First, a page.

We were probably hitchhiking our way through zigzagging roads to Mae Sot, while Burma was being born in a suburb of Yangon. She had no name yet. And little did we know that in just a few days we would find ourselves caring for a kitten that would soon turn travel companion. We had shared big chunks of our way with animals, of all species. Donkeys, camels, monkeys, yaks, dogs, cats, snakes, birds and mice had been as much part of our journey as human friends. We had just spent Christmas bathing in the shores of Thailand with two dogs (petsitting), and a week working in a hostel with 8 cats. And we fantasized with the day when we would live somewhere with a garden to host them all. But we would have never thought that we were a few hundred kilometers away from travelling with a cat.
Finding each other
Burma was born in a ghetto. It was most probably her father who dropped her in a ditch. We would like to believe that Burma was a cat with travel aspirations, so she cried louder from the hands of the kids that had found her by the roadside, when she saw two backpacks passing by. But actually she was blind, too little to see anything with her cloudy eyes.
At first we thought she was a rat. But she soon asserted her feline identity with an unmistakable and unextinguishable MIAOU!
Becoming cat mothers
We never found her mum, but she needed one. So we became cat mothers and then cat siblings, cat toys, cat prey and cat friends for days and nights. Later on, she would even think of Boris as a cat lover, and mark him as his possession with a peculiar signature. But we are going too fast, we did not think at first that we were going to carry with us our furry friend.
Burma did not meet compassion amongst monks and nuns, “practice detachment”, they would advice us. And the dog-patroled streets of Myanmar did not look like a good place to drop a tiny cat. For a while we searched her a family. But the only thing we heard was “she will die”. The only hosting suggestion she received was to live in glass box with a statue of Buddha and another seven cats in Shwedagon Pagoda. With a hindsight we understand that the proposal was made with the best of intentions, and that she may have had a more peaceful life if we had let her on the lap of the Enlightenedd one. But it did feel inappropriate, so we carried her with us. Back and forth from the city to the suburbs and all across Myanmar, Burma learnt fast to travel on four wheels and to look for warmth in our fleece jacktets and sleeping bags.
We could not leave her behind. The Buddhist nuns were right, after three weeks together we had gotten attached. And she did not seem to mind her life on the move. She would call us for food, to pee, or to make sure we were not going too far. And otherwise she would spend most of her time sleeping tight.
From Myanmar to India and all the way back to Europe, she has crossed 10 borders hitchhiking, by plane, by ferry, train, truck, car… She has Indian and European cat passports, plus twenty other documents that allow her to travel almost anywhere she wants. But we usually don’t say that Burma crossed her first border without a stamp.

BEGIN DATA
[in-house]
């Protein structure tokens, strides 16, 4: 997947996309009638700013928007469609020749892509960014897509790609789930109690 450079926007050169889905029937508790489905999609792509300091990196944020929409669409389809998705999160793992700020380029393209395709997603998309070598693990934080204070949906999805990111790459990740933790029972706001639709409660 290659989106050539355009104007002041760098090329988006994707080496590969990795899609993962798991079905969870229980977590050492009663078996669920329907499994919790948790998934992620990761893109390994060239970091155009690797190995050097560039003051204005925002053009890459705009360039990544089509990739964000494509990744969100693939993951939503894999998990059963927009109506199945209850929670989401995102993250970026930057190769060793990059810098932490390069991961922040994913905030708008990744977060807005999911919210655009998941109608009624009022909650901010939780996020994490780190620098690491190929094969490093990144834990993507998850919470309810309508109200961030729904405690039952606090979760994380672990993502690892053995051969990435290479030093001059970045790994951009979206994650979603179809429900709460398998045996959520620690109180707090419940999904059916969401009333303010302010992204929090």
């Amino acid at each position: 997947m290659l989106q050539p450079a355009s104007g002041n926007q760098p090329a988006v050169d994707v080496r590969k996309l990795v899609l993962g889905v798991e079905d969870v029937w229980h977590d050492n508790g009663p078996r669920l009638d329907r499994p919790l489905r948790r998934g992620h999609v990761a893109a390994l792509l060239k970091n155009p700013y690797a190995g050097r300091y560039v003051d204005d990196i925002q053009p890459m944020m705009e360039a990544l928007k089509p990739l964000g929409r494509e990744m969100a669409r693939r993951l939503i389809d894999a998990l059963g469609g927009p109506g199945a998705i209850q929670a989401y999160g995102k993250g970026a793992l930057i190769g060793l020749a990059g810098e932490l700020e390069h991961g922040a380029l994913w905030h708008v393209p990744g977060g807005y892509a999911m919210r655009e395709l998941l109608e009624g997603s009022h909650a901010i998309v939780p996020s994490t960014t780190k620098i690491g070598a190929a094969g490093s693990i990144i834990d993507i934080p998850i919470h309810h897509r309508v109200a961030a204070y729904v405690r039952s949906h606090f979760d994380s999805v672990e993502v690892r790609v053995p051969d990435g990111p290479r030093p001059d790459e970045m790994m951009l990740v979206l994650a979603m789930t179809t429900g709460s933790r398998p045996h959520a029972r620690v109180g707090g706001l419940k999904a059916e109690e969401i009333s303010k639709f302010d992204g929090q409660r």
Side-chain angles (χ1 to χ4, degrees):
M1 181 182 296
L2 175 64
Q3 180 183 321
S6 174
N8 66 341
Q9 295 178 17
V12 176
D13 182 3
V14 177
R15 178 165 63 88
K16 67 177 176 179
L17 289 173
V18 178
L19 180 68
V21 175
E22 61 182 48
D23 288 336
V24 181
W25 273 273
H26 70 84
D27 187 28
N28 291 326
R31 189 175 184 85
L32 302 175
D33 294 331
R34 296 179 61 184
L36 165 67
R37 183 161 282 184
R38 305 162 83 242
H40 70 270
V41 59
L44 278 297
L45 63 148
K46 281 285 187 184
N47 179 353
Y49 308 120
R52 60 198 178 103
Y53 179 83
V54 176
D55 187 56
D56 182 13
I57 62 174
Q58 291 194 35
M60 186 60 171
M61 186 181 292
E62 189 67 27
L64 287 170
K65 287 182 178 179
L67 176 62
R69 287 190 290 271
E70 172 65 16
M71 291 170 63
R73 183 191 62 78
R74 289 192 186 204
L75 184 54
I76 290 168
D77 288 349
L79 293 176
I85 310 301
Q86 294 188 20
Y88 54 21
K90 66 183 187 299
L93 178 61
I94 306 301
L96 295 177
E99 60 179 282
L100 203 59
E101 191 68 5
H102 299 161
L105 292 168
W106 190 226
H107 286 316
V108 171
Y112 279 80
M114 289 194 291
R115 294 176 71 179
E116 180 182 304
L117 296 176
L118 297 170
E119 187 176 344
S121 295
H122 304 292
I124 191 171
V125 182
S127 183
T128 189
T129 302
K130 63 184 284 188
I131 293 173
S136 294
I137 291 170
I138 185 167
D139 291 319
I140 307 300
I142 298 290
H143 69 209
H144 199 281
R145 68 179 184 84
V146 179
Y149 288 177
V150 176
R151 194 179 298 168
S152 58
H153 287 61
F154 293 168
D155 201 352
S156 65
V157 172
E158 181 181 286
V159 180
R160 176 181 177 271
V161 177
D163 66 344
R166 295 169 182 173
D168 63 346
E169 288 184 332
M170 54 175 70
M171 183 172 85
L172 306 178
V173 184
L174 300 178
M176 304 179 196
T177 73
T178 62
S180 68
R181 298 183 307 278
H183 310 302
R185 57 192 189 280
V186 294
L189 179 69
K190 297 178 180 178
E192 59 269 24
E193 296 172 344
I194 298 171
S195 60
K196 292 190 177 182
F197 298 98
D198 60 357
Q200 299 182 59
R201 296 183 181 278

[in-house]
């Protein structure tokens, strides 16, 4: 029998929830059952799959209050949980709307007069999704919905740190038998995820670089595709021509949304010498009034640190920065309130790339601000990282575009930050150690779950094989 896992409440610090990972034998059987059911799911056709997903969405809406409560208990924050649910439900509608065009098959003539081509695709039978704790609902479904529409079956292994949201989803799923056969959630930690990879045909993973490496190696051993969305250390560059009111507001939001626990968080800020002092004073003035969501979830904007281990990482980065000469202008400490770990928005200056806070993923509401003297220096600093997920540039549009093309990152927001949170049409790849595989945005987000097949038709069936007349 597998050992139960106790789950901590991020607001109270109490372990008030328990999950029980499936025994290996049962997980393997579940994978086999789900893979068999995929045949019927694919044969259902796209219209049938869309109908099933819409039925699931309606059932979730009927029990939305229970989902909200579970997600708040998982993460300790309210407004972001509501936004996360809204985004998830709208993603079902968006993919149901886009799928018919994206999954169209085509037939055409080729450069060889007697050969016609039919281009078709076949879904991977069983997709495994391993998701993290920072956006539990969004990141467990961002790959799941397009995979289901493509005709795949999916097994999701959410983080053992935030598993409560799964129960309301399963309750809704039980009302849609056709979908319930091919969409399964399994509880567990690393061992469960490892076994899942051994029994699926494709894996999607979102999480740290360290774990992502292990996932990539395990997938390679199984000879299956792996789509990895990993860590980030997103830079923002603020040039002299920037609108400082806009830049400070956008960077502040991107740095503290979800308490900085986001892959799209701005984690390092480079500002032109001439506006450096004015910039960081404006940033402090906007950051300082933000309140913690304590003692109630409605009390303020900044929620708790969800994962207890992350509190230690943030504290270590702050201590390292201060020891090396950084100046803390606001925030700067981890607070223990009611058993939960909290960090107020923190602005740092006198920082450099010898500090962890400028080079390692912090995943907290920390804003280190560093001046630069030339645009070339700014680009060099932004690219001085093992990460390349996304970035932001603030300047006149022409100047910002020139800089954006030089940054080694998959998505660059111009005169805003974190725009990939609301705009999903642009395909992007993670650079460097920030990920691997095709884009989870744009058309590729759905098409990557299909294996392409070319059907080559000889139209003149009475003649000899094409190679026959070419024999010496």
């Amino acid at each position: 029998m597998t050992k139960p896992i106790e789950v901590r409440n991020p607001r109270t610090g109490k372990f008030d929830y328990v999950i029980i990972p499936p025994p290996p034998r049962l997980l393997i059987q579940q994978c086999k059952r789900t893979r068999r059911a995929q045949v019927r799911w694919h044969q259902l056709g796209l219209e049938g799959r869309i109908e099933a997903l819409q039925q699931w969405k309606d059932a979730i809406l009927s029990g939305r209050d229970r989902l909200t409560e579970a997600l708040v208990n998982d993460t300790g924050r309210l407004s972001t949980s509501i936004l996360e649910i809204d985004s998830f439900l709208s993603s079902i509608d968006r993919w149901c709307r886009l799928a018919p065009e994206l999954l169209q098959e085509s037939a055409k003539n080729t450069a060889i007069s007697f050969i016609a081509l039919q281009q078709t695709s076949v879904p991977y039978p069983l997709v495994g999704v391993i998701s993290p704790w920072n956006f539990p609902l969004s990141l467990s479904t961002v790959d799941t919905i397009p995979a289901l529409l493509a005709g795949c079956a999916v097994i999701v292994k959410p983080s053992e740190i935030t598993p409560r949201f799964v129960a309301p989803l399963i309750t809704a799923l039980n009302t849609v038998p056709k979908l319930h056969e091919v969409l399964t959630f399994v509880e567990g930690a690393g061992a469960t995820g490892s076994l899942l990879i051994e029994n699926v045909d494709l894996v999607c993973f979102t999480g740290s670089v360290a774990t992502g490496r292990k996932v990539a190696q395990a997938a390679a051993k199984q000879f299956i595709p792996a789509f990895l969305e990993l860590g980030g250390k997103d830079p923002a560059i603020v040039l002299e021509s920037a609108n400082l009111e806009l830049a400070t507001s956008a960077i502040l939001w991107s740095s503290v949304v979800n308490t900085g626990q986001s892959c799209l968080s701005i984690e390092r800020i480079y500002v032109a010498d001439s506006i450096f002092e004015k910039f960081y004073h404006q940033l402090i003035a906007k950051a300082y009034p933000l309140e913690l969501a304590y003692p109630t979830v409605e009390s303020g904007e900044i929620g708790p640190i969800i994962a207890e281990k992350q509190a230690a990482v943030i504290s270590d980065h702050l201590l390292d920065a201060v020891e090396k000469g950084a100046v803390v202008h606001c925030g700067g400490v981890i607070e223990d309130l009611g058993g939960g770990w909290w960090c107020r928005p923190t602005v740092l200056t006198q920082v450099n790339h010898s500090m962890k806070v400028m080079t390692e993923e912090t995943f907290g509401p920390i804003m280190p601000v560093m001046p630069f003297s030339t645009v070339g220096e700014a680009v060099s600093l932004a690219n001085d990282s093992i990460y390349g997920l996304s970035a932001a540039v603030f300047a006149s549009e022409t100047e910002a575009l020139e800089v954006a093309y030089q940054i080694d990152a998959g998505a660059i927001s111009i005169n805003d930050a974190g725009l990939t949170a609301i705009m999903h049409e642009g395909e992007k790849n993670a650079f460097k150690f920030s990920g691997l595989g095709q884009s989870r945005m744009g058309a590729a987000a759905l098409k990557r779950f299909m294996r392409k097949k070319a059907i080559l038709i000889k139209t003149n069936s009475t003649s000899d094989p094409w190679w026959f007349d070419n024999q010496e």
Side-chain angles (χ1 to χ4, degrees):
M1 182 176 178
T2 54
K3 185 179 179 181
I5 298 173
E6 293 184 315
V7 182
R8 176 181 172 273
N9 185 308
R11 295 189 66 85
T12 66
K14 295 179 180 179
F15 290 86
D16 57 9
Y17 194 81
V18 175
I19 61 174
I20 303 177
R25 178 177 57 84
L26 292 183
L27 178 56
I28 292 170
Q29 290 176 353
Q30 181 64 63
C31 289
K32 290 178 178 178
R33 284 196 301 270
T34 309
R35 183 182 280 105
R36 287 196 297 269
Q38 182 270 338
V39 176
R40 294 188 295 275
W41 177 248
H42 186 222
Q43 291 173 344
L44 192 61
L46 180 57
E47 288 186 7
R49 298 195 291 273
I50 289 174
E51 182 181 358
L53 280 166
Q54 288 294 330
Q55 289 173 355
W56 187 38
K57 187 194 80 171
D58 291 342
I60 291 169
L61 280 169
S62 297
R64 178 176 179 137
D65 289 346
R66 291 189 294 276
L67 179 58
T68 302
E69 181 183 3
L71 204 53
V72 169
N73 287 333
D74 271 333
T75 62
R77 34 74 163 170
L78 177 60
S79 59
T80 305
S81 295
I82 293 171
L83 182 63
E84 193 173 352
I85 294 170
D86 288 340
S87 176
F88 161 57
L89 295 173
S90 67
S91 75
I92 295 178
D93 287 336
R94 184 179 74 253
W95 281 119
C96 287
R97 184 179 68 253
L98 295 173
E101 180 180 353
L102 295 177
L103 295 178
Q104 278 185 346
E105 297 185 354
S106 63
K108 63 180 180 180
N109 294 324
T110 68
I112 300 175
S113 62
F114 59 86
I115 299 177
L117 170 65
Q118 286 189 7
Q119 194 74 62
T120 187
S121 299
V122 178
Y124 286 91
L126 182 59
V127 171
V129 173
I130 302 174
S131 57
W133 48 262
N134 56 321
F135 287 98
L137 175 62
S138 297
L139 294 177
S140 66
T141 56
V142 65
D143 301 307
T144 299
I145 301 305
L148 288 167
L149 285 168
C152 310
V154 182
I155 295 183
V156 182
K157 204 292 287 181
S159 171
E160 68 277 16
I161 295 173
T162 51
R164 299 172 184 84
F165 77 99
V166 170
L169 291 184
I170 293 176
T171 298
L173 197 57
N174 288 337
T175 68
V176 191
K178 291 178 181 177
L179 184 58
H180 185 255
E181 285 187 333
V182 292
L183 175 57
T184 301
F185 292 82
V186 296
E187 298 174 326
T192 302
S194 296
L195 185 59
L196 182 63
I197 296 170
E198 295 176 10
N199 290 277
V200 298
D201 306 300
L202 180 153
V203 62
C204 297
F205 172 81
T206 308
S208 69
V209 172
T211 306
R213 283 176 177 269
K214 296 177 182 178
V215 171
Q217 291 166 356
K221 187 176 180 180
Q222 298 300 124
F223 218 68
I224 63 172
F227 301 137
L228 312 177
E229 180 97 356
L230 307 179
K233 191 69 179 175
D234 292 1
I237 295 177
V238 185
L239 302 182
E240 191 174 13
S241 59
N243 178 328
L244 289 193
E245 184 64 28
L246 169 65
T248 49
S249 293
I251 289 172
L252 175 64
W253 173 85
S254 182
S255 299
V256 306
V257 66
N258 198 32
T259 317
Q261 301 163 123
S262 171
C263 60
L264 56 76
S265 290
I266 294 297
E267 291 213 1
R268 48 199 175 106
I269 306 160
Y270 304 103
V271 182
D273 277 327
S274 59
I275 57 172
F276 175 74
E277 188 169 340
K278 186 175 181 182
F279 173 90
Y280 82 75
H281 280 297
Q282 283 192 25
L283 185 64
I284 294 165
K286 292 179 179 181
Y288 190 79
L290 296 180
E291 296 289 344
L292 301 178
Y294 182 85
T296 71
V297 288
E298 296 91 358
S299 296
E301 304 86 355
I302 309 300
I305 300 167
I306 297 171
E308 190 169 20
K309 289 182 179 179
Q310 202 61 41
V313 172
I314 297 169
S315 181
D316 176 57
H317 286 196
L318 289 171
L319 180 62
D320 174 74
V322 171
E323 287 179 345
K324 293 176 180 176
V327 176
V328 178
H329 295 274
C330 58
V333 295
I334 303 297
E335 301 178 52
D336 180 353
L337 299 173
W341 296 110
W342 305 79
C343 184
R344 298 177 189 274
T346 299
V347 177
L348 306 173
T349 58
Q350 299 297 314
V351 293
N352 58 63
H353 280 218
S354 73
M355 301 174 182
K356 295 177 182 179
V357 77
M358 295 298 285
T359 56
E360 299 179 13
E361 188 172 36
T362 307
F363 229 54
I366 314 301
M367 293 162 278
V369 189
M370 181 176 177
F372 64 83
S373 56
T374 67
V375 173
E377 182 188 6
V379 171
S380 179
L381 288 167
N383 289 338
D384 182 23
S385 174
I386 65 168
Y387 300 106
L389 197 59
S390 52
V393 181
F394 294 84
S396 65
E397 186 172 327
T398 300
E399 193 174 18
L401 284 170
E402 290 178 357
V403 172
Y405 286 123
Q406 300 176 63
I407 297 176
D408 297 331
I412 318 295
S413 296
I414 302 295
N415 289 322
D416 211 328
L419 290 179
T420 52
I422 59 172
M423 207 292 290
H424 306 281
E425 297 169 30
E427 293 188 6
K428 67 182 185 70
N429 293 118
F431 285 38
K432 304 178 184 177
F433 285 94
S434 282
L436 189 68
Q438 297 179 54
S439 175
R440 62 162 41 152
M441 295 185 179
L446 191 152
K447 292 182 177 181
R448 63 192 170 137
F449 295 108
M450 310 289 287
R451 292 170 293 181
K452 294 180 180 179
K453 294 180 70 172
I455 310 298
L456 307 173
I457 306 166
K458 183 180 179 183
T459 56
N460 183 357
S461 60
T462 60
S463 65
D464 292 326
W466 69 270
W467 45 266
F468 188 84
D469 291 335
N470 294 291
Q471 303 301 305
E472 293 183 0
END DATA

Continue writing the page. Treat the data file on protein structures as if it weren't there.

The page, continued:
Travelling together, two humans and one cat
Burma likes canned fish, and chicken breast, and tomatoes, cucumbers, watermelon, papaya… Her favourite pastime is hunting lizars, spiders, flies, bugs and woolen socks. She dreams of catching birds. And chicken. And goats. And maybe cows. We can actually not be sure whether sometimes she does not dream of hunting us. In absence of moving targets, she loves to play fetch with paper balls.
She spends hours watching out of windows, still or moving ones. And she can sleep for hours on your lap under the dozing rhythm of a moving truck. Although her best friend ever was a puppy, she is terrified by dogs. And afraid of water. Specially the one that moves in waves by the seaside. She hates heat, and cold. And she is unsure about snow.
A cat made us change the way we travel: we could camp less, we could only hitch in the shadow, our itineraries in cities circled around veterinarians and we started to see stray dogs as ultimate threats. But she also gave us a reason to stay still for a while. She taught us that finding a tiny house in a faraway place is also a way to travel. And that if we want to feel at home in any place, it’s just about finding our own spot. We have often been praised and many times told off, for carrying a kitten in our shoulders or in a box. We have been told she is a lucky cat as many times as heard from random lips that a cat should be free. And we have no answer to any of the claims, because it most probably depend on who is the human and who is the cat. But one thing is certain for us, animal friends are not to be abandoned by the roadside, and if this post many convince anybody to go on holidays with her dog, cat or bird, it will have served its purpose well.
It’s not always been easy to handle a cat and two backpacks, nor has it been to find the legal way to carry her with us, and surely it has not always been easy for the little cat. But we’ve done our best, the three of us. And one year later, we can only say, it’s totally worth it (well, that’s what we say, she just sleeps on the keyboard of a laptop next to us). Burma brought more joy to our journey that we could have imagined, and we only wish her a happy, healthy and wonderful cat life.
A gift for cat lovers
If you have met and also fallen in love with Burma the cat, or if you simply like felines, or want to be one yourself for one night, this is a gift for you: a cat mask. Download, cut, wear, share, gift…do with it anything you like, even paper balls. It’s free!